Where My Niches At?
If you’re interested in pursuing a career as a freelance writer, you’re going to hear over and over that you absolutely, positively must have a niche if you’re going to have any modicum of success.
“You won’t get hired if you’re a generalist.”
“You won’t be considered professional if you don’t have a niche.”
“You need to be an expert in a field if you want to make a living.”
When I first looked into freelance writing as a career option, I was overwhelmed by the information available. I read website after website and each gave the same warning:
Pick a niche! Don’t do anything until you have your niche! You are nothing without your beloved niche!
Apparently, the best niches are those where your knowledge and interests intersect with profitability. (Some of the most profitable markets being healthcare, business, finance, and tech.)
Then once you’ve narrowed down your niche, you’re supposed to become an expert in that field. You want to be the go-to person. The One Who Knows. Someone who can write a blog/case statement/web copy on the specific topic quickly.
In learning this, I felt defeated. I spent weeks brainstorming, making lists, and trying to figure out that sweet spot between my experience, my passion, and the paying market.
I read blogs and downloaded e-books and took “free” courses (which typically turned out to be sales pitches for paid classes), each of which promised to help me find the just-right niche but instead left me feeling more confused.
Eventually I came up with a few ideas, but none of them excited me. I wanted to leave a job I didn’t enjoy in order to write from home, but why bother doing that if what I’d be writing about was boring as hell?
I Got 99 Problems But a Niche Ain’t One
Somewhere along the way, I stumbled upon Medium. I read an article on the site and while there, noticed I could submit my own work.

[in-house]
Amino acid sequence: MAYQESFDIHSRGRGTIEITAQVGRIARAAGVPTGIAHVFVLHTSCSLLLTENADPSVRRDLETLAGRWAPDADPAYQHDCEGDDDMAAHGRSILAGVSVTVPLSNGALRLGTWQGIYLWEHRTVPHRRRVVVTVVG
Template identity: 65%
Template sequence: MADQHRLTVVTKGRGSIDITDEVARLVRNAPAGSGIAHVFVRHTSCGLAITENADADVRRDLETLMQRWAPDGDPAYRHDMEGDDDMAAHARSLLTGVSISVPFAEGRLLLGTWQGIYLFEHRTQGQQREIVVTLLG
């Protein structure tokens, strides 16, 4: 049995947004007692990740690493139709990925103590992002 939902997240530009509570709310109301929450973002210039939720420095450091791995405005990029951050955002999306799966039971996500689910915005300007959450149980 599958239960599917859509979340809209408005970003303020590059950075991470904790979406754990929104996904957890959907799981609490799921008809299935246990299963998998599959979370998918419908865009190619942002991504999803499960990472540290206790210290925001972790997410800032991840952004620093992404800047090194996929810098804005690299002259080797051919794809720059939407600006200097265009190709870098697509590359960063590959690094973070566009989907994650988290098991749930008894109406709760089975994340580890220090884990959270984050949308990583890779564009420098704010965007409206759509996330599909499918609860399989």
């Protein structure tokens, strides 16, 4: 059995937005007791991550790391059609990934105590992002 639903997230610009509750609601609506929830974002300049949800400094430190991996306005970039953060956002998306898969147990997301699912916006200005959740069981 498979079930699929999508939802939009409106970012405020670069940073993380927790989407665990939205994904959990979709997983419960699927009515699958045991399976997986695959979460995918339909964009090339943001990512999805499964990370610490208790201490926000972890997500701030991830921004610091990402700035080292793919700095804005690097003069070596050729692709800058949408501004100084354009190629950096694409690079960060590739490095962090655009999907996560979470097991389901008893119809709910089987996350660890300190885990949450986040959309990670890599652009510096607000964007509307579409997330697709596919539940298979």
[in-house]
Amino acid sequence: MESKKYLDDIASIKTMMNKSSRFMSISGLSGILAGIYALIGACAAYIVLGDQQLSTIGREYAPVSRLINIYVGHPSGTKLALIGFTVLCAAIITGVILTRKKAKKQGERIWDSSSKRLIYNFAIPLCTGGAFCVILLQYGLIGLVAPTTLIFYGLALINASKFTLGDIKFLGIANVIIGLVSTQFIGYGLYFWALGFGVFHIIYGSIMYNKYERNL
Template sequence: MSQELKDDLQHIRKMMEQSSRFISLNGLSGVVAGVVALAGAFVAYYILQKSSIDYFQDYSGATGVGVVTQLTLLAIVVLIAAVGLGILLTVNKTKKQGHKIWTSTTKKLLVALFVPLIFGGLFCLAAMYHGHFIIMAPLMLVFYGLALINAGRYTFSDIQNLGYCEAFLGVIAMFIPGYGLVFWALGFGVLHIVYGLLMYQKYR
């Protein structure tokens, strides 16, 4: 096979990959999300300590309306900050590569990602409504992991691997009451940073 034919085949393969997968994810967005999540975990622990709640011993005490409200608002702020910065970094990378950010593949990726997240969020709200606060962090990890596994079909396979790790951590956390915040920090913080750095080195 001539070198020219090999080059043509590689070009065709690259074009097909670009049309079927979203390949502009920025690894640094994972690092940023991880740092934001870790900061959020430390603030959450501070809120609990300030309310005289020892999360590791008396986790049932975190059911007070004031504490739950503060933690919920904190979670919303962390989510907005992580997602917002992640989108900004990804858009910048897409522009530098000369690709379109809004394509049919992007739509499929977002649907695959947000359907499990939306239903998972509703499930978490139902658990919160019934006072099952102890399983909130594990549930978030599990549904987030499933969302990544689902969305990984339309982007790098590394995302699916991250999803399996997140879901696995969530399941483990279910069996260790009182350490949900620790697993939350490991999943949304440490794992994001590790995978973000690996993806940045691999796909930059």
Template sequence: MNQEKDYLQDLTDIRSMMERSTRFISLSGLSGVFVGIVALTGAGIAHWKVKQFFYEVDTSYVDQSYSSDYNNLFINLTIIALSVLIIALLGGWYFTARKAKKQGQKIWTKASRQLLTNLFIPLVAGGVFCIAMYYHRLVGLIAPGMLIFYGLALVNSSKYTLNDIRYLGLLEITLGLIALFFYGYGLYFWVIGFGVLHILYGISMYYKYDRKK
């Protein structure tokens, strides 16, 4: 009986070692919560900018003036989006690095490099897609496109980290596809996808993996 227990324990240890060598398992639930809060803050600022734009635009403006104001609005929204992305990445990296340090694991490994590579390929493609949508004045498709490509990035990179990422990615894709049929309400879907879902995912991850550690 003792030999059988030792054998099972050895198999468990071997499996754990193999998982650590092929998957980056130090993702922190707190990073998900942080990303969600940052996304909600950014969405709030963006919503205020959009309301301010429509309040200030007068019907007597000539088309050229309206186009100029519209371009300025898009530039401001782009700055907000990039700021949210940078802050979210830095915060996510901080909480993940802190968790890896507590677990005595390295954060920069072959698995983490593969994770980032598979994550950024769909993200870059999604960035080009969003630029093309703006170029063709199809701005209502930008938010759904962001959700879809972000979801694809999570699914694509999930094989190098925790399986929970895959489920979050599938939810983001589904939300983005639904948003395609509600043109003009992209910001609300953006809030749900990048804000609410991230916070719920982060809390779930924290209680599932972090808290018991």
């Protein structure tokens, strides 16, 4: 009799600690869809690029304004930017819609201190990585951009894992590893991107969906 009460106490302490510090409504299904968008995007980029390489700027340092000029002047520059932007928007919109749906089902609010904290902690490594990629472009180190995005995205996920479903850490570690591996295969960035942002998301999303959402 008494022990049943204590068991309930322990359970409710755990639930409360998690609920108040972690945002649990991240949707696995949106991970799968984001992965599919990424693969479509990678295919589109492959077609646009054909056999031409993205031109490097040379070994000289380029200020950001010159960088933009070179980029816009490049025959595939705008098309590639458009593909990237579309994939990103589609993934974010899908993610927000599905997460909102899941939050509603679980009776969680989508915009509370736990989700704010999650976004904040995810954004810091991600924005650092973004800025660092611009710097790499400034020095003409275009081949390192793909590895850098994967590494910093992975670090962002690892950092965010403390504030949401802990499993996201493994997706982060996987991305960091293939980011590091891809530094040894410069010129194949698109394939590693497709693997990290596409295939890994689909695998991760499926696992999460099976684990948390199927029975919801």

I could write what I wanted and *gasp* get paid!
No. Niche. Required.
People were writing about all kinds of things, from relationships to sex to productivity to mental health to parenting. Some, like Tom Kuegler, were writing about primarily about one specific topic (in his case, blogging), while others, like Shannon Ashley, were writing about, well, everything.
And the posts were great!
I can do this, I thought. I can write, from home, with no boss, without a niche
That’s when I decided to stick it to the (freelancing) man. I decided to go rogue. No niche for me. I’m gonna do my own thang.
My first post was ridiculous. It was really just a challenge to myself to hit publish. But then I began to write in earnest. And over time, I’ve come to find my pieces organically fit into one of five areas: writing/publishing, books/reading, life lessons, parenting, and migraine headaches.
Sure, maybe I’d be making more money if I wrote B2B marketing blogs for the dental industry, but I’d also be bored to tears and miserable.
Smack My Niche Up
My advice to anyone who is relatively new to the freelance writing game: don’t let finding a niche stop you from getting work.
I spent months stressing so hard over the niche question that I didn’t write. I was so worried about doing things the “right” way that I didn’t do anything at all.
Here’s the thing, though: while I was doing all that research and brainstorming, I could have been writing. Working on my craft. Making connections and building relationships. And most importantly, MAKING MONEY.
Don’t let a little niche get in the way of you and your freelance writing dreams. Just start writing — publish on Medium or LinkedIn or launch your own website. (Or do all three!) Over time, you’ll find what interests you. You’ll develop your voice. And you’ll gain followers in the process.
Maybe someday you’ll use your abilities to write copy for business and become an expert in a specific field. But in the meantime, disregard the notion that a niche is a must-have for a writing career.
Just get writing. Niches be damned.